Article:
A "reread" would elicit groans from the group if we were talking about a page-turner, but "Gone with the Wind" celebrates 75 years in print this summer and respect is due.
I first read Scarlett O'Hara's story years ago, the life and times of that self-centered girl who was forced by war to swap her hoop skirts for dirt under her fingernails.
To save Tara, her family home, she killed a Union soldier, mopping up his blood with a batiste nightgown, then stole her sister's "intended" because he had money enough to pay Tara's taxes. She picked cotton until her hands bled.
Critics have refused to give "Gone with the Wind" their stamp of approval as a great novel, but their opinions have not influenced readers, who bought a million copies of the book during the first six months after it was published and continue to read it today.
A second chance to visit author Margaret Mitchell's characters returns them as the backbone of the story of a South, brought to its knees by loss: decimated crops, burned cities and towns, a quarter million of her sons killed in the Civil War and one-third of her horses lost in battles or from starvation.
With those hard truths in mind, essayist John Cloud discounts "Gone with the Wind" as a romance novel. The book is a "gritty eulogy," Cloud writes, the story of a place with "nothing left to tax but the ground itself" and no cotton crops in the fields to pay the taxes.
Mitchell left the shame of the wounds of slavery for historians to deal with, choosing instead to pull fictional slaves of the O'Hara family from the shadows, giving them voice and presence.
Scarlett may sass her black maid, Mammy, who has raised her, but Mammy is no shrinking violet, and it is Gerald O'Hara's house servant to whom Scarlett gives her father's gold pocket watch after his death.
Though the book has been termed "retrograde," one looking back and stuck in time, Margaret Mitchell did not hesitate to shine light on the steely spines of women, who kept hearth and home together when men went off to war.
Once considered too fragile for weighty conversations shared by men after dinner, it is Scarlett O'Hara who saves Tara's family, black and white, not the genteel Ashley Wilkes, a dreamer, who comes home from the war, intending to leave a broken South, but hasn't the will to walk away from the temptation of Scarlett, herself, or the livelihood she offers.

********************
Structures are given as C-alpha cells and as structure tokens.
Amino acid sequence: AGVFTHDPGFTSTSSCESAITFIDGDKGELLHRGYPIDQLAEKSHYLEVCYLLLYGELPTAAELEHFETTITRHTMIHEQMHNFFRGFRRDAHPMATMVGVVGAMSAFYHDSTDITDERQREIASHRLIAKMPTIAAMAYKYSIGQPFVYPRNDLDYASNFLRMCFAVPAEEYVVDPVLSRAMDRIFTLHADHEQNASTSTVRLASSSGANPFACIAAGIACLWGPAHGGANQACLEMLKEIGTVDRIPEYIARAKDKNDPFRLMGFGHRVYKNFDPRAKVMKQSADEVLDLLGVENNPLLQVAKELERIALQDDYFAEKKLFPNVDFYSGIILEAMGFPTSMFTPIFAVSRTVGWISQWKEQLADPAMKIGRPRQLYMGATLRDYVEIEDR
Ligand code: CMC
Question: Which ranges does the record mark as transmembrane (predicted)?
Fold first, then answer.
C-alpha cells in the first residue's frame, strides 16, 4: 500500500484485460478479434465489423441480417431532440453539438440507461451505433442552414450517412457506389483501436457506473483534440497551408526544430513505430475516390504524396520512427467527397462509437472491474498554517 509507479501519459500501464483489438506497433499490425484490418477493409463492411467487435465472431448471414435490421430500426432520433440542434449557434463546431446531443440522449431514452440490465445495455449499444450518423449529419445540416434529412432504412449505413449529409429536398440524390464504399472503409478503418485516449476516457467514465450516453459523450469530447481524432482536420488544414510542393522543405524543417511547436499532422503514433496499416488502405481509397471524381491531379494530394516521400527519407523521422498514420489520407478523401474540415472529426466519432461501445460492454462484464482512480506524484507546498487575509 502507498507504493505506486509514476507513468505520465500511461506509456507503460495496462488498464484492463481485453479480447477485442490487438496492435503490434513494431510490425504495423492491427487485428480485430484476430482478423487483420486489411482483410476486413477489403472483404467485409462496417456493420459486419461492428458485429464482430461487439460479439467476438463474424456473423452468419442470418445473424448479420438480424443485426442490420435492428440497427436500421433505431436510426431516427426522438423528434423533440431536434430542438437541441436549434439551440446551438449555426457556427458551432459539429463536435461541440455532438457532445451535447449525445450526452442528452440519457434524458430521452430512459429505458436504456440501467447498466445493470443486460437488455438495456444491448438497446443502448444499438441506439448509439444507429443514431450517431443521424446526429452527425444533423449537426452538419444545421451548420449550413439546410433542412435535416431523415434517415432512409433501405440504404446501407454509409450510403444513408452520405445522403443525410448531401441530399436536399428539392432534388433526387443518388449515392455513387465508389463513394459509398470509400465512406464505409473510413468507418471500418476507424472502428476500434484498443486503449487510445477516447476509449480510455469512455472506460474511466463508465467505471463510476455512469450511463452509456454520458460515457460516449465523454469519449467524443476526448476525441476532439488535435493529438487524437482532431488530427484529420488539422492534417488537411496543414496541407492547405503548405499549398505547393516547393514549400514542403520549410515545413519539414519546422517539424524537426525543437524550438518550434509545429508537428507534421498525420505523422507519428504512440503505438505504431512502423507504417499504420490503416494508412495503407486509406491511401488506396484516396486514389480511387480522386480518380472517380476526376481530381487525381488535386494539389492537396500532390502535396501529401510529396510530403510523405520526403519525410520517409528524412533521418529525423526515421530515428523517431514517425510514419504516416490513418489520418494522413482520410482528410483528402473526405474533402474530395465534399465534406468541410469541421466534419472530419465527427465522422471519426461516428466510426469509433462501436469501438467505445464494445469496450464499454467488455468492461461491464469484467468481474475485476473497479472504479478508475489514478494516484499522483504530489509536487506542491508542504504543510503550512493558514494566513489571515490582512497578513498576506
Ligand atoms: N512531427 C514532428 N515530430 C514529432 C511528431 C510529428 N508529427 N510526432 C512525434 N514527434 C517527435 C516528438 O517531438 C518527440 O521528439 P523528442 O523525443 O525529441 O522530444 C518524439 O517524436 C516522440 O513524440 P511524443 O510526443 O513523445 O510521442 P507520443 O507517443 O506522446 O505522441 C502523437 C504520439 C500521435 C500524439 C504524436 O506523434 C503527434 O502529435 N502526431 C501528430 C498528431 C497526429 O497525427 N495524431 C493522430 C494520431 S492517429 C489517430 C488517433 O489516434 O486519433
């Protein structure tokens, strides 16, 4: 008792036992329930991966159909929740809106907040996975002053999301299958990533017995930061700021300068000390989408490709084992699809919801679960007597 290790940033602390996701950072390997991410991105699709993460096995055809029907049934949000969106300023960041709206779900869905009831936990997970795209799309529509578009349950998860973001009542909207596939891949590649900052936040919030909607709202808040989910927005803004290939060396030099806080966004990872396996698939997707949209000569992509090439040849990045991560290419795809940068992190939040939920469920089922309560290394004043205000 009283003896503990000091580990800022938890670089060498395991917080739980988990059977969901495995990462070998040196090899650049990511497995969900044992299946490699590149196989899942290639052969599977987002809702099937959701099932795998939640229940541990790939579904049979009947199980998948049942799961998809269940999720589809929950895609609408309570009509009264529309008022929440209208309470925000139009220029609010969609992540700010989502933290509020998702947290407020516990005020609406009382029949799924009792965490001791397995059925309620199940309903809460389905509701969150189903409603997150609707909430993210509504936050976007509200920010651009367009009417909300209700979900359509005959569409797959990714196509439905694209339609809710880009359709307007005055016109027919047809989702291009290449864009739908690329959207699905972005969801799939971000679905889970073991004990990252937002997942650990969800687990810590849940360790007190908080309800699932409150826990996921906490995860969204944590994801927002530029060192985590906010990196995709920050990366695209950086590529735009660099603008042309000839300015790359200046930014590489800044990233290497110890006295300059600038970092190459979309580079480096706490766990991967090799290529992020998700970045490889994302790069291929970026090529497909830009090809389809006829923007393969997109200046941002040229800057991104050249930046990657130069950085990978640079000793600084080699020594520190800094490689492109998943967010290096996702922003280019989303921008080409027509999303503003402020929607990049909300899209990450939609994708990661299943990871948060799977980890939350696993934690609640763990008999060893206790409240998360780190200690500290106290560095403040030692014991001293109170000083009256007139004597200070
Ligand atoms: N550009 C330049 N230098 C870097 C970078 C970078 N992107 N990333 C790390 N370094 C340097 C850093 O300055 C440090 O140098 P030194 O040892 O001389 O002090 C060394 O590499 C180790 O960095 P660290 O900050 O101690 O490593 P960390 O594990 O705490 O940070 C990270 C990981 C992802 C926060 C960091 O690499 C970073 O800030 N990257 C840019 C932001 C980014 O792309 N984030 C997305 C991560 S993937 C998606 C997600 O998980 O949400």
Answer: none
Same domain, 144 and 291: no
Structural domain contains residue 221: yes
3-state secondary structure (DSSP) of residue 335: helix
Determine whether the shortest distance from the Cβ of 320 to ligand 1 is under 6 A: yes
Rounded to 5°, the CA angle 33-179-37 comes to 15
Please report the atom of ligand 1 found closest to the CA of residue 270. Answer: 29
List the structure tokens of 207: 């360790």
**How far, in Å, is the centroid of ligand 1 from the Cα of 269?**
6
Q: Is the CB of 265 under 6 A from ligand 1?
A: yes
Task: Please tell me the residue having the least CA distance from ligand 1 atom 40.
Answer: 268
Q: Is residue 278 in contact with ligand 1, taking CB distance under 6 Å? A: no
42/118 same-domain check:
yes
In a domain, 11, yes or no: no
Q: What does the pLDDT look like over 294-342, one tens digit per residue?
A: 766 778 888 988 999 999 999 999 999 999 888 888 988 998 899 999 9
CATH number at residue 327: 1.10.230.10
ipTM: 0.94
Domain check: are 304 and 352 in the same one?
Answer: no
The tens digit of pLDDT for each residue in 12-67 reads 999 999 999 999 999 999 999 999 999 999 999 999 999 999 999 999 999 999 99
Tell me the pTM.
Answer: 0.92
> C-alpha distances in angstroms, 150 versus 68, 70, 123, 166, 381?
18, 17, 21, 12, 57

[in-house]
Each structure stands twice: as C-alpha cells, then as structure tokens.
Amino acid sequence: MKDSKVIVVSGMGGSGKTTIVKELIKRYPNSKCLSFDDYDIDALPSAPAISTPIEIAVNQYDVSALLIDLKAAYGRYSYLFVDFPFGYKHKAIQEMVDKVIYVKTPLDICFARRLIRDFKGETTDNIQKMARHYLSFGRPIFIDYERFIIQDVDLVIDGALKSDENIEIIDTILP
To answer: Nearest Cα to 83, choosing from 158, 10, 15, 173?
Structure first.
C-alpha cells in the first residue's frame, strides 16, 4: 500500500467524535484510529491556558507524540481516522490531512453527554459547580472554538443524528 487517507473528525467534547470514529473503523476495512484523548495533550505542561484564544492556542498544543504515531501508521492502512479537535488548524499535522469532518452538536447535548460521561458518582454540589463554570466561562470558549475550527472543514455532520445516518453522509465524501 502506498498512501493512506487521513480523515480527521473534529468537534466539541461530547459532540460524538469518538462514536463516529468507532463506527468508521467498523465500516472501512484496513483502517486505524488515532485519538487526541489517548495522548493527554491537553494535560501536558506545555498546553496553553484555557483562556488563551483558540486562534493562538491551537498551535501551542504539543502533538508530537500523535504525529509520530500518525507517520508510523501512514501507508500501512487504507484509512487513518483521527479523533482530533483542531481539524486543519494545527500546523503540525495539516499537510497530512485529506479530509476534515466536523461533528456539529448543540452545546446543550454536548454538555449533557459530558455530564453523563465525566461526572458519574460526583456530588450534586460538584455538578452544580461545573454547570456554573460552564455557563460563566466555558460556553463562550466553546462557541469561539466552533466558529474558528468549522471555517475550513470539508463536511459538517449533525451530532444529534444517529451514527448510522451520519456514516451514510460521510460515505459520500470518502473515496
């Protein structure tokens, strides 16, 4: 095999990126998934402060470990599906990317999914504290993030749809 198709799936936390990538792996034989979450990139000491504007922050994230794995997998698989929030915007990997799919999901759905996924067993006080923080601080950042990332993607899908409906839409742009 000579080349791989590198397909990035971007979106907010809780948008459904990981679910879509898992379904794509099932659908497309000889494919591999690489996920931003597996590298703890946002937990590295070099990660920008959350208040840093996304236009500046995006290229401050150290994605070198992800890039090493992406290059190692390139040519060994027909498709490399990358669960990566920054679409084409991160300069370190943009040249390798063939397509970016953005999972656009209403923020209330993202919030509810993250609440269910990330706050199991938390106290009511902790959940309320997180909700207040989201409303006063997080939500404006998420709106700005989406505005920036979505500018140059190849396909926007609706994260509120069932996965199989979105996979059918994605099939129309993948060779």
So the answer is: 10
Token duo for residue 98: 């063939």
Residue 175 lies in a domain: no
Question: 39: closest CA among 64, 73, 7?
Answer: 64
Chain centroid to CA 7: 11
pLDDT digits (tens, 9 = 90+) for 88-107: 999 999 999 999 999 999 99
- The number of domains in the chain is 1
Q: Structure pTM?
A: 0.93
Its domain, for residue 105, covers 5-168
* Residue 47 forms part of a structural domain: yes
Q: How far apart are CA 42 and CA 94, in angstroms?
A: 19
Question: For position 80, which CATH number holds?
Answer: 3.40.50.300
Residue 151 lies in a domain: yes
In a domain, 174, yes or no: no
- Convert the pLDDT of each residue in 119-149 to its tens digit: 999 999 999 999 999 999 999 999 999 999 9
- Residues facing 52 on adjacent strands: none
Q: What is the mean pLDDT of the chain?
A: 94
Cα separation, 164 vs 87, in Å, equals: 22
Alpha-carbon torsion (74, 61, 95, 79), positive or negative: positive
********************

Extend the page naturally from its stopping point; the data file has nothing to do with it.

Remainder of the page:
To Rhett Butler, the daring outsider from Charleston, Scarlett confesses "money is the most important thing in the world." This frees essayist Cloud to conclude "Gone with the Wind" is, in fact, an "unrelenting tale of how honor gives way to greed."
Let's assume he means the South chose to hold fast to a way of life that included slavery as its work engine and entered into the Lost Cause to protect and defend her people and the future of cotton, the largest export of the country.
Even an ensuing war of unspeakable death and destruction cannot summon greed as the dark force in "Gone with the Wind." If anything, the book champions duty. How many young boys, peach fuzz on their faces, walked off farms to fight, coming from bottom land where no slaves were owned or ever would be?
Mitchell told her publisher if there was a theme in "Gone with the Wind," it was survival in the face of unimaginable loss. "I wrote about people who had gumption and those who didn't," she explained.
And 75 years later? Frankly, my dears, we still give a damn about their lives, writ large in "Gone with the Wind."
Judy Elliott is an award- winning columnist in Marietta.